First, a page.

Progress - Patient Safety Federation

Report
Sepsis Collaborative: The
National Perspective
Professor Kevin Rooney, 12th December 2012
Background
ICU Consultant
Royal Alexandra Hospital,
Paisley
National Clinical Lead for Sepsis
Healthcare Improvement Scotland
Conflicts of Interest
In the last 5 years I have acted
as consultant, or received
honoraria / research grants
from:
Abbott, Baxter, Eli Lilly
Royal Alexandra Hospital
• Clyde
– 124K ED attendances
– 25K Medical
attendances
– 50% discharges in first
48hrs
– ALOS 6.8 Days
• RAH
– 40 med admissions/day
– 17 GP referrals
– Same day discharge
43%
Scotland HSMR – 11.4%
reduction
What is Sepsis?
Acute MI & Trauma
5% Mortality
3% Mortality
Courtesy of Dr I
Roberts
Why is it important?
The Lingering Consequences of Sepsis
A Hidden Public Health Disaster
D Angus JAMA 2010
• Cohort study of 27,000 older Americans with detailed
information on physical & neurocognitive performance
• Identified episodes of Sepsis in hospital from Medicare
data
• Showed incidence of moderate to severe cognitive
impairment increasing 3x – from 6.1% to 16.7% ie
possibly 20,000 new cases per year in US
Iwashyna et al JAMA 2010
Variation In Sepsis Care
15,022 Patients
165 Hospitals
Median of 14
Months
Mortality Decreased from
37 to 30.8 Percent
6.2% Absolute
16% Relative
STAG Sepsis Management in
Scotland
• Signs of sepsis < 2
days
• 2% of emergency
admissions
(~5000)
Scottish
• 71% had a EWS
Defect
Rate
• 34% had severe sepsis
18-74%
• was
21% blood
cultures
• 32% IV Antibiotics
• 70% IV fluids
Gray et al Emerg Med J (2012)
doi:10.1136/emermed-2012-201361
Why is implementation so
difficult?
•
•
•
•
•
•
•
Too many elements in the bundle
Some are controversial
Time Sensitive Process
Difficult To Diagnosis Sepsis Early
Human Factors Get In The Way
Invasive procedures needed
ICU stuff??
Complacency, Education &
Trying Harder isn’t enough
New ways of thinking
New ways of thinking
• Front line engagement
• Segmentation
• Real Time Data Collection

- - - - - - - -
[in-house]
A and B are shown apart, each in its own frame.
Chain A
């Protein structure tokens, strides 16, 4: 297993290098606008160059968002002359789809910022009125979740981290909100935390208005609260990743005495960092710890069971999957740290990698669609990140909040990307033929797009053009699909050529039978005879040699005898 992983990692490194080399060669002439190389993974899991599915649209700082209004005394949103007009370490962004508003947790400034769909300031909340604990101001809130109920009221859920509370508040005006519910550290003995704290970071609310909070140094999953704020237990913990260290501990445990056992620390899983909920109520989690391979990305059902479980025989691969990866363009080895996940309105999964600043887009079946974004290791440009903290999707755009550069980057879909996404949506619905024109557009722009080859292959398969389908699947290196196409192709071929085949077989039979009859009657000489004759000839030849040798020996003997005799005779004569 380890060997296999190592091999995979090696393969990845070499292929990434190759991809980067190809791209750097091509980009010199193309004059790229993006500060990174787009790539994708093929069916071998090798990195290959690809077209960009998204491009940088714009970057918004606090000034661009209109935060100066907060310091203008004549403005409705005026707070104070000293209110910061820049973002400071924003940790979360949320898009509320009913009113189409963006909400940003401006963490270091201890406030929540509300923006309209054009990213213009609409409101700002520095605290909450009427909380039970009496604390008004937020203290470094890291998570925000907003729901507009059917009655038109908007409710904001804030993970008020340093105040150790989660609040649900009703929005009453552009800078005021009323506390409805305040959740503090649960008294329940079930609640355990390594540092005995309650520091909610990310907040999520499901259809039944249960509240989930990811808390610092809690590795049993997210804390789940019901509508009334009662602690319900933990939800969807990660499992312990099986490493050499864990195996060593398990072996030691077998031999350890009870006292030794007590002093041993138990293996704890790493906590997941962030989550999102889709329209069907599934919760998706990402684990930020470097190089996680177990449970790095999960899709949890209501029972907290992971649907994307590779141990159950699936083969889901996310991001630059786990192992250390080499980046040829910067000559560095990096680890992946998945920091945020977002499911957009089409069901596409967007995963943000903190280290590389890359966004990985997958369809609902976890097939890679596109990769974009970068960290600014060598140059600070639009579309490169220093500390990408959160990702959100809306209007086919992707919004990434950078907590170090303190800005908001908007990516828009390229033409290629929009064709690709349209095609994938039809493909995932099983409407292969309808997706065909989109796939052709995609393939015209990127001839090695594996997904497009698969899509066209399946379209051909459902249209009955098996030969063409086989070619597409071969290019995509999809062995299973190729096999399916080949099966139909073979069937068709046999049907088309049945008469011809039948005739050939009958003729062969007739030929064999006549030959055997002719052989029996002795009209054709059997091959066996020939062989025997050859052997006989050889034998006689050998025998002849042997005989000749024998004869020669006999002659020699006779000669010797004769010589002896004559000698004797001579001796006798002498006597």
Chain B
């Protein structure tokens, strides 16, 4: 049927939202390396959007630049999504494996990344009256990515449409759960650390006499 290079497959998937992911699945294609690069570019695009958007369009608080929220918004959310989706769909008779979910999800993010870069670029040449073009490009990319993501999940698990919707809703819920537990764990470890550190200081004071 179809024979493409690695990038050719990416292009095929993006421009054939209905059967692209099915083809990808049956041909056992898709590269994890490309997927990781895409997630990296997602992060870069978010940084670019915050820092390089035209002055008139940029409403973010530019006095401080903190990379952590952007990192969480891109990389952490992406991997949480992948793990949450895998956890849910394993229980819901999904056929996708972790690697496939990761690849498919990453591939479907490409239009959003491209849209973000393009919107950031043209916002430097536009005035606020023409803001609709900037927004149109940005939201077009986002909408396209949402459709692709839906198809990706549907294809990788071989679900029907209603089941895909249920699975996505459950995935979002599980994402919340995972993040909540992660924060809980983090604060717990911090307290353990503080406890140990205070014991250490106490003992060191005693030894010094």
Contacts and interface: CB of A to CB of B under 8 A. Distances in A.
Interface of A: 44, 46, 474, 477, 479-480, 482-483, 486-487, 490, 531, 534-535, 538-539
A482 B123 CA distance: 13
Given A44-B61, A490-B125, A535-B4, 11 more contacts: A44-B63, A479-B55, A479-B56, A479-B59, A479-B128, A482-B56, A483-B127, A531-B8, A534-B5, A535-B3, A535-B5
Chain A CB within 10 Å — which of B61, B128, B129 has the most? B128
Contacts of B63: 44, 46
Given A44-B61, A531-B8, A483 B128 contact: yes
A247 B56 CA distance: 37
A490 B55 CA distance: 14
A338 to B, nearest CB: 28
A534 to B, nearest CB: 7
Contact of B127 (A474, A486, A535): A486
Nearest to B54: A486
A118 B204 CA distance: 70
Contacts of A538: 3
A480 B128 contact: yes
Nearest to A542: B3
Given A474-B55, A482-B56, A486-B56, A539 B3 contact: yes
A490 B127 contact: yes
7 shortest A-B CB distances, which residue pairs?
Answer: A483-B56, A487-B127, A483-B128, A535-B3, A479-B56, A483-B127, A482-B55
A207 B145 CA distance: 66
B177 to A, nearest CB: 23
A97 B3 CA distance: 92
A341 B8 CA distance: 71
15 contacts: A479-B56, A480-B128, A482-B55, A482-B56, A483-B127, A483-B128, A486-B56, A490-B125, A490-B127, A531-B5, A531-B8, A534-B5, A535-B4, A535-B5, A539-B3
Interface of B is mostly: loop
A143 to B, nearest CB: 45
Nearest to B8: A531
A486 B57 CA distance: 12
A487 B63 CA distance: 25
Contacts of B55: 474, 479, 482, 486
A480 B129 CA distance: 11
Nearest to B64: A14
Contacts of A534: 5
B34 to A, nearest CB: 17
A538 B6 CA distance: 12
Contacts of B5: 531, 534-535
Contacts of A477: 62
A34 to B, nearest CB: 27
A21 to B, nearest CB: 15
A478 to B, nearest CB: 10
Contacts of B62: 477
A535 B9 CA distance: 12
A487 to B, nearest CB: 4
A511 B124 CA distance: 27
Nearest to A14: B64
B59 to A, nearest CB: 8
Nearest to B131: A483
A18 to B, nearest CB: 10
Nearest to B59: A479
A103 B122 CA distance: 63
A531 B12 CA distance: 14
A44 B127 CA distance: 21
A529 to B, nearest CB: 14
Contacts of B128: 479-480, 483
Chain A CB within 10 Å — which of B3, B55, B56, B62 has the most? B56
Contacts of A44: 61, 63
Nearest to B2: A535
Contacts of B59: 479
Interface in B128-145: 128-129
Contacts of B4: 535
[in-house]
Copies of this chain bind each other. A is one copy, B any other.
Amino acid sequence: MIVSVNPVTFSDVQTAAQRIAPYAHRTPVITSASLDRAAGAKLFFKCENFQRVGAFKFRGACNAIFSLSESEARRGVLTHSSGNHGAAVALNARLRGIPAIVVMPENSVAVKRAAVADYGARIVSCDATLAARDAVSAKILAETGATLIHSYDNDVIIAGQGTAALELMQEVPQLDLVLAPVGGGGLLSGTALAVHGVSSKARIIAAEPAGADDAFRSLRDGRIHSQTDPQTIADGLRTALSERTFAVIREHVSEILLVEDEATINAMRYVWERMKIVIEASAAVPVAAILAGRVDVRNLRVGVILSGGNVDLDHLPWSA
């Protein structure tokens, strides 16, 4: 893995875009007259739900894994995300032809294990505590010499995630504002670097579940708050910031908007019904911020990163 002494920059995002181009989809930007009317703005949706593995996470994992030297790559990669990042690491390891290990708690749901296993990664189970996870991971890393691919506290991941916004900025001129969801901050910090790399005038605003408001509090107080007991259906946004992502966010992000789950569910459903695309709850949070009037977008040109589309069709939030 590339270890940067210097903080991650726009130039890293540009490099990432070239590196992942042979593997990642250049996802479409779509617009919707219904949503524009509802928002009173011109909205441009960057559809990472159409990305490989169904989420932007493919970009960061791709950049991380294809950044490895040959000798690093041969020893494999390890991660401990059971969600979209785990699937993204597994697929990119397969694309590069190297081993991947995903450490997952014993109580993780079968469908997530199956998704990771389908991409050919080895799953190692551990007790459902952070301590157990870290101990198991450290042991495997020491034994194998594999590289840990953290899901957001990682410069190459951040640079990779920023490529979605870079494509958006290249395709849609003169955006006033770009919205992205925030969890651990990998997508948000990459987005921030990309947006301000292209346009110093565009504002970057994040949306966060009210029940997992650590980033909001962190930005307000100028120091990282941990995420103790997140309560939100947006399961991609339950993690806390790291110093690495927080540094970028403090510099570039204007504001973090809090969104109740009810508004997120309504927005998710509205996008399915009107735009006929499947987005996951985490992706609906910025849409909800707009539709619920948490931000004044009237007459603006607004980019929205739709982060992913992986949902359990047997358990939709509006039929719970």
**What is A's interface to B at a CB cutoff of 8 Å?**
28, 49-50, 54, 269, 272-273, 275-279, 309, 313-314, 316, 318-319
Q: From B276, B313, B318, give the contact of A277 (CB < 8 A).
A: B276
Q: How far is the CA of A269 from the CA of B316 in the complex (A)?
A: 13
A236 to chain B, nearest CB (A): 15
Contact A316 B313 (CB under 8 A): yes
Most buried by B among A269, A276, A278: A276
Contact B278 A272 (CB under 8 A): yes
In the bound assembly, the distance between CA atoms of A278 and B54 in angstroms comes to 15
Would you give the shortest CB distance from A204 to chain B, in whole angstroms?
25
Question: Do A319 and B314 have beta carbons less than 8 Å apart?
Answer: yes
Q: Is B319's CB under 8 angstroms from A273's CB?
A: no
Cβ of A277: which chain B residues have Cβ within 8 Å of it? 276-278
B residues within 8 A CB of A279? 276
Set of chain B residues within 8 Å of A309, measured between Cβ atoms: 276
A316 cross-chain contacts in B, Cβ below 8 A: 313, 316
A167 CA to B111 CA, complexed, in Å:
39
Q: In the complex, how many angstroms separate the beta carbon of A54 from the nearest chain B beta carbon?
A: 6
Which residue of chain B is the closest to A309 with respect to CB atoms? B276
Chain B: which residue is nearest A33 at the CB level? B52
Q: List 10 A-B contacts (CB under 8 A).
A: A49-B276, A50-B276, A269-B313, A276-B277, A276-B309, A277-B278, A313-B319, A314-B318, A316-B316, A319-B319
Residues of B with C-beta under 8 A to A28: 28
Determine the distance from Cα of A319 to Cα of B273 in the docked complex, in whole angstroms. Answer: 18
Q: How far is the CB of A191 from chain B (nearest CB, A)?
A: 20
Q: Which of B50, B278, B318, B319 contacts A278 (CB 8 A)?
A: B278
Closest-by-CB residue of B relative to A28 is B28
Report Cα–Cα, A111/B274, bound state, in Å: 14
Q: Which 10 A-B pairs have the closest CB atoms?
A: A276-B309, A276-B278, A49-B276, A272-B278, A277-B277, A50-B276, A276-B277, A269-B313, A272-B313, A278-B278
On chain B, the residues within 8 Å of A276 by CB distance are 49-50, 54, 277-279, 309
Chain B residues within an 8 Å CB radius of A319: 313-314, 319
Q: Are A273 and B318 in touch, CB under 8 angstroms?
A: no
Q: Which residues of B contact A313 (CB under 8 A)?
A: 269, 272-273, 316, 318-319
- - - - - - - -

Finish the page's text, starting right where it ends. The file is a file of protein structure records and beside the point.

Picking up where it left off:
• Early Feed Back of Metrics
• Early Case Review and Feedback
• Use Level 2 Reliability Tools
The Collaborative Model
Organisational
Self Assessment
P
A
P
D
1.5 day
Kickoff
A
D
A
D
S
S
S
Alignment
with national
work
P
LS
LS
LS
Supports
Key Changes
Expert clinical faculty
Improvement
Listserve Site Visit
Measures
Phone conf
Assessments
Monthly Reports via web
Continued
Supports
Spreading Ink blot Strategy
• Based on military
tactics
– Small area of “Good
Practice” across site
– As expand will join up
Acute Medical Unit
RAH
• MAU ED Surgical
ED
– Hospital At night
– Medical Wards
– DOME
Acute Surgical
Evidence for the Change
Package
JOINT COLLABORATIVE - SEPSIS DRIVER DIAGRAM
AIM
To improve the
recognition and
timely
management of
Sepsis in acute
hospitals
Outcome:
Reduction in
mortality in pilot
population from
Sepsis
5% by December 2012
10% by December
2014
PRIMARY DRIVERS
Reliable
Recognition &
Assessment
Reliable Care
Delivery
Education
&
Awareness
Culture of safety
and Quality
Improvement
Patient & Family
Centred Care
SECONDARY DRIVERS
Reliable Sepsis screening (EWS + SIRS)
Ensure reliable communication across clinical
teams of at risk patients
Ensure timely rescue of deteriorating patient by
competent teams
Ensure reliable delivery of Sepsis Six within 1 hour
Source Control
Ensure reliable escalation of septic patients to
higher level of care
Improve Antimicrobial stewardship - 3 day review
Education on burden of illness & current
performance
Provide training to staff on clinical knowledge and
improvement skills
Executive Sponsorship
Clinical Leadership
Multidisciplinary team working
Develop measurement frameworks to guide
improvement
Involve patients & families in treatment
process
and care planning
“He who must not be
named” or “Homer”
Reliable Recognition,
Assessment & Rescue
Type of physiological abnormality at time of
ED patient inclusion in audit (first signs of
sepsis) n=626 – median age 73 years
Gray et al Emerg Med J (2012) doi:10.1136/emermed2012-201361
Difficult diagnosis
• Not all patients have classic SIRS
• Some groups at special risk eg neutropaenia,
haemodialysis, diabetes mellitus, alcoholism, lung
disease, patients with invasive devices
– Laupland et al Crit Care Med 2004
• Elderly patients (age > 65 years)
•
•
•
•
•
Decreased inflammatory response
Often not febrile
More likely to be delirious
Falls may be only evidence of sepsis-induced delirium
More likely to develop septic shock and multiple organ dysfunction syndrome
(MODS)
Sepsis Screening
• MEWS: >95% reliable in pilot wards